Interview: Margaret Renkl

Interview: Margaret Renkl

The shadow side of love is always loss, and grief is only love’s own twin,” Margaret Renkl writes in the opening pages of Late Migrations: A Natural History of Love and Loss, her memoir-in-micro-essays that was released earlier this year to glowing reviews.These wise, bracing words underpin the entire book, which…

Exeunt

So now it’s winter again yet sunrise and sunset make us forget so stunning the color spraying from ridges. In the icy clear brittle blue air above, the mountain greys like a grandmother, death strolls close by—the mundane maudlin. It would be fitting to go then. But you left in…

Just Off the Road

for James Still A man who’s old enough has earned the right to stop the car if, driving past some woods, the beauty so beguiles him he is drawn to wander under autumn’s changing leaves. And even if expected somewhere else he’ll now be late, we might do well to…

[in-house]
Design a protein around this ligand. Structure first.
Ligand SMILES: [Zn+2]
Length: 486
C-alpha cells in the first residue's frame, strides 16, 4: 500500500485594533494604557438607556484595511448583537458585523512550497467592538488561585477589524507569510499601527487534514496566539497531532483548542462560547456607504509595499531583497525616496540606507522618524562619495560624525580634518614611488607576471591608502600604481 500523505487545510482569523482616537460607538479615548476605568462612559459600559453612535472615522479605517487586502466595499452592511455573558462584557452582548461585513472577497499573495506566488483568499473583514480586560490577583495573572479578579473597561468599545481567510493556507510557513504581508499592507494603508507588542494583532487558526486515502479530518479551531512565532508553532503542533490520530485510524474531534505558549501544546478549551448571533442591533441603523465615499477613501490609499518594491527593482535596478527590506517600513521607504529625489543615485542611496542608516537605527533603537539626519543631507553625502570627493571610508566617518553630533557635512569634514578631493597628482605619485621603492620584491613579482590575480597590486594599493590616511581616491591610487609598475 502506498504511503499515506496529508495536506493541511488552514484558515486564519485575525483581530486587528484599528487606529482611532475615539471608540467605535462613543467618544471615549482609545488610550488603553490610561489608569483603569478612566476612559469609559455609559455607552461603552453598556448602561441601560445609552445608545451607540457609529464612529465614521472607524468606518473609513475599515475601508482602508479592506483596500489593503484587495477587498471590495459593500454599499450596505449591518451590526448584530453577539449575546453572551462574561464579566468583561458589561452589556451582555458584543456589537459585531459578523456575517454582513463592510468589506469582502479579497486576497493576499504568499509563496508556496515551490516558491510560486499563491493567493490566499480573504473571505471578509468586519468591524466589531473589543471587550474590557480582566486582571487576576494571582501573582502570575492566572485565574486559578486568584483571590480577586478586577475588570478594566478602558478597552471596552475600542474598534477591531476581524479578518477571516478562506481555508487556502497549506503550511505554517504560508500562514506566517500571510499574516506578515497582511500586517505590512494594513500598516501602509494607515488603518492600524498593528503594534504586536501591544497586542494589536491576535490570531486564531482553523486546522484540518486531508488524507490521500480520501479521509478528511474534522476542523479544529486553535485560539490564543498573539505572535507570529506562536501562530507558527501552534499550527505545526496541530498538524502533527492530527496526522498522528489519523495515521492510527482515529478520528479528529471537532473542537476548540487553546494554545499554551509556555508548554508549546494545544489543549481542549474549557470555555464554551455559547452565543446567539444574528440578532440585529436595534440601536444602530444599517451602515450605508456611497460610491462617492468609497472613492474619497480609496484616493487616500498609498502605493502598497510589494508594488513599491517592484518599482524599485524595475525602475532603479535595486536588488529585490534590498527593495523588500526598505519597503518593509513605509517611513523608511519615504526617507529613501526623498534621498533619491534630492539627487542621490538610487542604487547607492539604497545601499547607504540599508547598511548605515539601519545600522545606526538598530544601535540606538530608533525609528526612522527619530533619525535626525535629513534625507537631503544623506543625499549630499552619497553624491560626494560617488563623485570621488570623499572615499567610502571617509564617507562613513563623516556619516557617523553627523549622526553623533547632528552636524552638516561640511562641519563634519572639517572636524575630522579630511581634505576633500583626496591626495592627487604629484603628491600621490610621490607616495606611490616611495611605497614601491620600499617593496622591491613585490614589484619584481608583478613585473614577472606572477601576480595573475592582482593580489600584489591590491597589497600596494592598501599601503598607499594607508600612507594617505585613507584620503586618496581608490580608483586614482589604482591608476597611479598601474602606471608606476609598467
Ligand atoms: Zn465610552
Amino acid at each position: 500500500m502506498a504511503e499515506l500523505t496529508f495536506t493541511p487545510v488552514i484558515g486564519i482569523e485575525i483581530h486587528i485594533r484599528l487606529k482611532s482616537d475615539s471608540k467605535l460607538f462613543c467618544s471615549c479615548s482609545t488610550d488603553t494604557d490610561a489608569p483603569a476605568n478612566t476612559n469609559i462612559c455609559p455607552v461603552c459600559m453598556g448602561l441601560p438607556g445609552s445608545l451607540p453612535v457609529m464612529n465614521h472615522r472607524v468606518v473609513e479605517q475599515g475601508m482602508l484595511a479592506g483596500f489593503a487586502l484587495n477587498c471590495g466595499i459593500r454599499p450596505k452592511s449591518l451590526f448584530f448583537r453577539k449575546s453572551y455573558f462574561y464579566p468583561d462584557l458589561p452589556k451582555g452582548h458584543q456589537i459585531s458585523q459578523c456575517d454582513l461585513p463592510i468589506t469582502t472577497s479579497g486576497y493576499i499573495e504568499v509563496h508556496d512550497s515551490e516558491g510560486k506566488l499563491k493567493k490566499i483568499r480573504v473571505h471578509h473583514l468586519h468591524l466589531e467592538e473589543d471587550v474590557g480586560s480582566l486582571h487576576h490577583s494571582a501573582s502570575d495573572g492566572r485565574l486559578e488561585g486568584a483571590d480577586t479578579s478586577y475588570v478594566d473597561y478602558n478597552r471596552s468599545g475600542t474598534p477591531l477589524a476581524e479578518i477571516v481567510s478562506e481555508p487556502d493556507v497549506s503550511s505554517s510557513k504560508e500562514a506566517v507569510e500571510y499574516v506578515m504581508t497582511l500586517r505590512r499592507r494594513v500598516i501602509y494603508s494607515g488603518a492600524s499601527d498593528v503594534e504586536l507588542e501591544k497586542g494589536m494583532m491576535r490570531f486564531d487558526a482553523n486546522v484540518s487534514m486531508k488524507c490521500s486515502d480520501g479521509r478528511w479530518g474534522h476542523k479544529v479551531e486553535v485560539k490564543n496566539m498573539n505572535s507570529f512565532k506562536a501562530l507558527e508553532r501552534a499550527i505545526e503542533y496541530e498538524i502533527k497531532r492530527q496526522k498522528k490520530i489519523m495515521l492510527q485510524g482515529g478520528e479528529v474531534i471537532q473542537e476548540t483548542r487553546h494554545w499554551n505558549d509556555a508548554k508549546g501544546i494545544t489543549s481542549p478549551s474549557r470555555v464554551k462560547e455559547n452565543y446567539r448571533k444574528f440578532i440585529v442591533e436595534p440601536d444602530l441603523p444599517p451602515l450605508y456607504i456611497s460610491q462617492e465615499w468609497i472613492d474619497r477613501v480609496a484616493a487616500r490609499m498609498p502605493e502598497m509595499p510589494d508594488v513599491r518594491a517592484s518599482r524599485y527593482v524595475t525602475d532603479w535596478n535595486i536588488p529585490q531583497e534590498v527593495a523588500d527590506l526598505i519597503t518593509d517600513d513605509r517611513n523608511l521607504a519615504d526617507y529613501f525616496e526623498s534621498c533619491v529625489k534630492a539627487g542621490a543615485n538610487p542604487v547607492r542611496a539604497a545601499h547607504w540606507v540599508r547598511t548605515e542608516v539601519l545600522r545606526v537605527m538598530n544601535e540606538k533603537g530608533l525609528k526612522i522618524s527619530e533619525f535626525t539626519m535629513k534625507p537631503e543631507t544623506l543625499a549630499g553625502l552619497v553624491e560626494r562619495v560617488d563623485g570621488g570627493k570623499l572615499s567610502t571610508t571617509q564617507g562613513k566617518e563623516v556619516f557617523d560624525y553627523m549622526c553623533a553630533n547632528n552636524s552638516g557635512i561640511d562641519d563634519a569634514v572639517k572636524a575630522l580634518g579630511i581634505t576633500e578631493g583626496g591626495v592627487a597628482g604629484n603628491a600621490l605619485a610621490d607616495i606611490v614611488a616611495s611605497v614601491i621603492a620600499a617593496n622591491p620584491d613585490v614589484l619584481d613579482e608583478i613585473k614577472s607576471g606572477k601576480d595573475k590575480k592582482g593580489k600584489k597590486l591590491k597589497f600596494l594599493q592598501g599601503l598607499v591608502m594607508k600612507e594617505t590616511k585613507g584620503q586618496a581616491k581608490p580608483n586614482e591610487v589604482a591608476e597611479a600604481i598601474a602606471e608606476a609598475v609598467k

Without Ceasing

All day every day around the clock like a prayer vigil there should be poets writing poems, accounting for milkweed pods and old homesteads abandoned, poets stirring campfire ash, noting just the place along the shoreline the heron casts down, poets in shifts like monks praying grace upon the whole…

A Shared Space

in memory of Marie Melson She was already old from the first I knew her, and though I was a child, I had an oldness in me too, which neither of us saw the use in mentioning, as together we sat in a swing beneath a century-old oak. Her memories,…

Bearing Witness

When I was a boy, the bayou Bonne Idee flooded. I remember because my father and I walked on water. We had driven to the edge of our farm and discovered that the flood had enveloped our fishing dock, and when my father crossed the wooden deck just below the bayou’s surface, I…